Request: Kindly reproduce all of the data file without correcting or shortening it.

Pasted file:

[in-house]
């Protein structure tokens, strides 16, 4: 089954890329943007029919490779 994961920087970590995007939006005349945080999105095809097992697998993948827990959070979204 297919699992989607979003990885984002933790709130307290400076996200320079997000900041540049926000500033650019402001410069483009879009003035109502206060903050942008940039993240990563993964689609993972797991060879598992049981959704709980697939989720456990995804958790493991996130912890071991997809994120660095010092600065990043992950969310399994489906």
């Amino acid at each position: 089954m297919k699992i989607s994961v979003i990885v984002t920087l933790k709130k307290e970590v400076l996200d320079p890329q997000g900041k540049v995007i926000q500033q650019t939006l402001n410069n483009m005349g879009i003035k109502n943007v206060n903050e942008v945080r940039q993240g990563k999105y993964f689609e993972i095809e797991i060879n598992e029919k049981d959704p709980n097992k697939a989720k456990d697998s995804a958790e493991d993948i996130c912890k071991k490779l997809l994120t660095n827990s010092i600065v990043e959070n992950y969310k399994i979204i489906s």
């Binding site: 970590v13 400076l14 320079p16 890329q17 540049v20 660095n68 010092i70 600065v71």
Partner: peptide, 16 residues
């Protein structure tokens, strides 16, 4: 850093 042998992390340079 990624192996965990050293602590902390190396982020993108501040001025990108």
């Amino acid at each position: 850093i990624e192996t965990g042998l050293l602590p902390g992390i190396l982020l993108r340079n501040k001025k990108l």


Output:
[in-house]
């Protein structure tokens, strides 16, 4: 089954890329943007029919490779 994961920087970590995007939006005349945080999105095809097992697998993948827990959070979204 297919699992989607979003990885984002933790709130307290400076996200320079997000900041540049926000500033650019402001410069483009879009003035109502206060903050942008940039993240990563993964689609993972797991060879598992049981959704709980697939989720456990995804958790493991996130912890071991997809994120660095010092600065990043992950969310399994489906």
């Amino acid at each position: 089954m297919k699992i989607s994961v979003i990885v984002t920087l933790k709130k307290e970590v400076l996200d320079p890329q997000g900041k540049v995007i926000q500033q650019t939006l402001n410069n483009m005349g879009i003035k109502n943007v206060n903050e942008v945080r940039q993240g990563k999105y993964f689609e993972i095809e797991i060879n598992e029919k049981d959704p709980n097992k697939a989720k456990d697998s995804a958790e493991d993948i996130c912890k071991k490779l997809l994120t660095n827990s010092i600065v990043e959070n992950y969310k399994i979204i489906s």
């Binding site: 970590v13 400076l14 320079p16 890329q17 540049v20 660095n68 010092i70 600065v71």
Partner: peptide, 16 residues
């Protein structure tokens, strides 16, 4: 850093 042998992390340079 990624192996965990050293602590902390190396982020993108501040001025990108």
């Amino acid at each position: 850093i990624e192996t965990g042998l050293l602590p902390g992390i190396l982020l993108r340079n501040k001025k990108l």